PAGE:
Tax Odds to Win the 2019 Kentucky Derby with Picks and Predictions
Want a surefire test of whether a name for a horse is a good one or not? It's simple. If you are thinking of a simple, common one-word name for a horse and that name is available then it is a bad name. By that criteria, Tax is a bad name. And by a lot of other criteria as well. The name of this gelding actually kind of makes me angry. Probably much more than it should. It's not the biggest reason I am not planning to bet on the horse, but it is a factor for sure. I would take a stupid one-word name over a bad pun, but not by much. Should you join me in boycotting this horribly-named gelding? Or would that force you to miss out on a big payday?
Last race: If you aren't going to win a major prep race, the next best thing you can hope for is to finish a solid second behind a horse that shapes up as a solid Derby contender. Tax checks that box. In the Wood Memorial he went off at 5/1, which was well back of favored Tacitus but still in the mix. Tax tucked in behind the early pace, running third. He was forced wide around the final turn but still moved forward to second in the stretch. And that is where he stayed. He put up a very strong fight with the eventual winner before giving up ground late. He was well clear of Haikal in third, and he finished comfortably - his rider eased up when it was clear he was neither catching the leader nor being caught. It was a solid race, though the Wood will not stick in our mind as the best prep race of the year by any means.
Prior experience: The gelding made his debut in September at Churchill Downs, finishing second in a sprint that felt too short for him. When he ran next time at a mile and a sixteenth at Keeneland, something happened that we don't see very often in a Kentucky Derby - the horse was claimed. He won the race, but his original owners, who were also his breeders, lost him for just $50,000 - a massive bargain for a horse that winds up in the Derby and a small fraction of the price paid for some of the horses he will face. He moved barns and headed to Aqueduct. His first race there was the Remsen, a significant two-year-old stakes race. It was a big jump up from claiming company, but he didn't look out of place as he finished third. Next was the Withers, a prep race in February. He stumbled early in that race but recovered nicely to win narrowly. And that led him to the Wood.
Trainer: Danny Gargan took over from Ben Colebrook after the horse was claimed. Gargan briefly trained in 1997 but has been at it full time only since 2013. He trains in New York and focuses mostly on claiming races. This is not the first horse he has claimed that has gone on to win stakes races, but you can't do much better than taking a claimer to the Derby, so this is a new high. This will be Gargan's first Triple Crown race. The Withers was only his third graded stakes win, so he is far behind the best of the training group in this field. In a stark contrast, Bob Baffert has five times more Triple Crown wins than Gargan has graded stakes wins.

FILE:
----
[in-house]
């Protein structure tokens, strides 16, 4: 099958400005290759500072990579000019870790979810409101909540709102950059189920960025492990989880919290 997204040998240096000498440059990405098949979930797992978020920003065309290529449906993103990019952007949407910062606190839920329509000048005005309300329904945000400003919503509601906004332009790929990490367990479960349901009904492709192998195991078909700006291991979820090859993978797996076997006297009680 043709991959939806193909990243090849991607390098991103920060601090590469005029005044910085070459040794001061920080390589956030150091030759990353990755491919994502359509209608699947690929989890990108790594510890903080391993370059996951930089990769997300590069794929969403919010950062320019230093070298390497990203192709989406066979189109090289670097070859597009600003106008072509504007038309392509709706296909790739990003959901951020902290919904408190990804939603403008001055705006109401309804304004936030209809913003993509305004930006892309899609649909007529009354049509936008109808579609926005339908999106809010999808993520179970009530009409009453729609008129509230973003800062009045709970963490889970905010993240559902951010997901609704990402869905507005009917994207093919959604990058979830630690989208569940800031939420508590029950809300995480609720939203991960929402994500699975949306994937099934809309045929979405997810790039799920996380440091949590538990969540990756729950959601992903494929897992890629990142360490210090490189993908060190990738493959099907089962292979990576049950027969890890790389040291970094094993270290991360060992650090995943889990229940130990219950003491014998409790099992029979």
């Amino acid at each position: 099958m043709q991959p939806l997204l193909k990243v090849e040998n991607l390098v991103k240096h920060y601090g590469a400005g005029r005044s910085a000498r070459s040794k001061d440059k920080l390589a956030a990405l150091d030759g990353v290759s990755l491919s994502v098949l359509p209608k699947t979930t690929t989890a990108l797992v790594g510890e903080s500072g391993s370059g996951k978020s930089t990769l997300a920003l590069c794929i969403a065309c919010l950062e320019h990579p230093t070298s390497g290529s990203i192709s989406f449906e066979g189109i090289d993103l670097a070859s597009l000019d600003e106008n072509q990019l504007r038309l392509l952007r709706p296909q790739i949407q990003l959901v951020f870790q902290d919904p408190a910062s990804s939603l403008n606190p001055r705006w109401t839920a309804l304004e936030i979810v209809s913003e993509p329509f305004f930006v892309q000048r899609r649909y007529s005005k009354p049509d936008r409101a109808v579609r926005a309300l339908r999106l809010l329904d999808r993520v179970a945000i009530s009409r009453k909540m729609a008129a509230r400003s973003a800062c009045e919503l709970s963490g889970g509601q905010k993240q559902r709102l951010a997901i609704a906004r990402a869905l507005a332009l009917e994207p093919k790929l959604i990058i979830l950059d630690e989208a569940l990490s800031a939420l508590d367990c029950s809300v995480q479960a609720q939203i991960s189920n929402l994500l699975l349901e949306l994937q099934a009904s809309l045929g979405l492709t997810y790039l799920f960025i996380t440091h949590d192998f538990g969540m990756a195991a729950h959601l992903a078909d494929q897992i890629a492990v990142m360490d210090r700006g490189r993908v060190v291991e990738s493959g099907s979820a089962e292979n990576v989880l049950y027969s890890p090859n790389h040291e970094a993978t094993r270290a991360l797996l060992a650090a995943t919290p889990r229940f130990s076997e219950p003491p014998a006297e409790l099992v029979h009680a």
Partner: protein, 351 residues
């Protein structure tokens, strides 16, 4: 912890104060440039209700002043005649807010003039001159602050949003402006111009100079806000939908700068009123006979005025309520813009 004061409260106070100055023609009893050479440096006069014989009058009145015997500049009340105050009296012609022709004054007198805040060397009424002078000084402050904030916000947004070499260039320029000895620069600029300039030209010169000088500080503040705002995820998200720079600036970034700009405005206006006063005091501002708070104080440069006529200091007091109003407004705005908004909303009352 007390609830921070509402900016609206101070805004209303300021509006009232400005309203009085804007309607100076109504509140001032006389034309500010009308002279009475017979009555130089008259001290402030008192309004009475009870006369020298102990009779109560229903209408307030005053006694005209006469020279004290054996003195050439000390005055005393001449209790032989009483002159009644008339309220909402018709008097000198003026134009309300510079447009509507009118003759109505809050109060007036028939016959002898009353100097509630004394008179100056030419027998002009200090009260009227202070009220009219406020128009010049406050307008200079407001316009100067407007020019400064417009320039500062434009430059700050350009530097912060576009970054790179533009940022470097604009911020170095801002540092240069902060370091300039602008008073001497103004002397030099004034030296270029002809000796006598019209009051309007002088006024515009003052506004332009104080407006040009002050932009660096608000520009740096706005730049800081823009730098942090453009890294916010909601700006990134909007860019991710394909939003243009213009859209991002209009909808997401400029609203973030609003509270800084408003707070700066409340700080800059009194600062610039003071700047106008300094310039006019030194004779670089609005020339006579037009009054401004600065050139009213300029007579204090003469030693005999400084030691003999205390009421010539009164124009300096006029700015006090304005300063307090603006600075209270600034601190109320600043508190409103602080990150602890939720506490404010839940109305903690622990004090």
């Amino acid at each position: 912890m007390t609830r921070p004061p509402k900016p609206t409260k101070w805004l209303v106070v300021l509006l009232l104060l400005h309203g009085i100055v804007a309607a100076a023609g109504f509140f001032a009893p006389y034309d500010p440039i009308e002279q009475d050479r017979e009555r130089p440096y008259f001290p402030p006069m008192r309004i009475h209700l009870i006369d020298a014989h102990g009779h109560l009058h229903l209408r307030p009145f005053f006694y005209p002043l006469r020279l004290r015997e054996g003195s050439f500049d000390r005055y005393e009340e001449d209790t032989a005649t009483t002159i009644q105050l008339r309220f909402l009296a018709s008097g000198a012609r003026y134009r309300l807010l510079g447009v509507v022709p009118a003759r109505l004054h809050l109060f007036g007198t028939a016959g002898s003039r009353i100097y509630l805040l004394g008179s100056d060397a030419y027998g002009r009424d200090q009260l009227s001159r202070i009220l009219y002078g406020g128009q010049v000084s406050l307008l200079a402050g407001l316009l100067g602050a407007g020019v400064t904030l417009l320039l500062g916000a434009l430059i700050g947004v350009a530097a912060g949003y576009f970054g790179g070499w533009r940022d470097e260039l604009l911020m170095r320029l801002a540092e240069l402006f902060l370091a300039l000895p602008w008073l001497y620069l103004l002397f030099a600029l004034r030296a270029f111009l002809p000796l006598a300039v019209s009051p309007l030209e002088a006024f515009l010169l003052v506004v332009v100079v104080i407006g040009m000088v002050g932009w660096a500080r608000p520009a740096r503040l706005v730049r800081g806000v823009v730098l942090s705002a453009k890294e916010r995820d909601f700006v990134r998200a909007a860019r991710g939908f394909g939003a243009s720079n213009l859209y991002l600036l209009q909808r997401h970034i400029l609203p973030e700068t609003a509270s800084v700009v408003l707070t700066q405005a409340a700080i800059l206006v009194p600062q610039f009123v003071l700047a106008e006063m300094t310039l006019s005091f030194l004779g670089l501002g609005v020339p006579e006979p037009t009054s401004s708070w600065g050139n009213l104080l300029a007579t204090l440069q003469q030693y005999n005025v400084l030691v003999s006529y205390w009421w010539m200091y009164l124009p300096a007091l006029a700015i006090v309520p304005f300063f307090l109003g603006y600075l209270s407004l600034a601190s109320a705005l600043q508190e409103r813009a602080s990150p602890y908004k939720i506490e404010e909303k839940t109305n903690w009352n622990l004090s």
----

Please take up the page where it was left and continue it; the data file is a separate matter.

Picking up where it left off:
Jockey: Junior Alvarado started riding in Venezuela where his father was also a jockey and has been in the U.S. since 2007. He has finished Top 10 nationally in earnings three times since 2012 and is capable of piloting a horse effectively. He has not won a Breeders' Cup race, though, and his best Triple Crown showing was a fourth on Mohaymen in 2016. Last year he was 12th on Enticed. He's not the most inspiring rider in the race, but he's capable.
Breeding: Tax is a son of Arch, who is most remembered on the track as the winner of the 2008 Super Derby. A successful sire, Arch sired Blame, who won the Breeders' Cup Classic, and Arkansas Derby winner Archarcharch, among others. He is the damsire of Derby and Preakness winner I'll Have Another, and also of two-year-old champion Uncle Mo, who in turn sired Derby winner Nyquist. Arch's influence is a positive one here. I should note, though, that as a name Arch isn't a ton better than Tax. Tax's damsire is Giant's Causeway, Europe's horse of the year in 2000 who was named top sire in North America four times. He has had little success in Triple Crown races in his offspring. He is also the grandsire of Derby runner Cutting Humor this year. Giant's Causeway is a son of the great Storm Cat, who is the great-grandsire of Triple Crown winner American Pharoah and great-great-grandsire of Triple Crown winner Justify.
Odds: Tax was not listed in the final Kentucky Derby futures pool, so he was part of the mutuel field that went off at 19/1. He's listed at a slightly more attractive +2500 in early betting action at BetOnline.
Can Tax Win the 2019 Kentucky Derby?: Probably not. And I hope not - can you imagine having to look at this name among the winners every year for eternity? He has been solid at times but has not shown that he has been good enough to beat the best of this group, and he won't be helped by connections who don't know this race as well as others.
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Read more articles by Trevor Whenham
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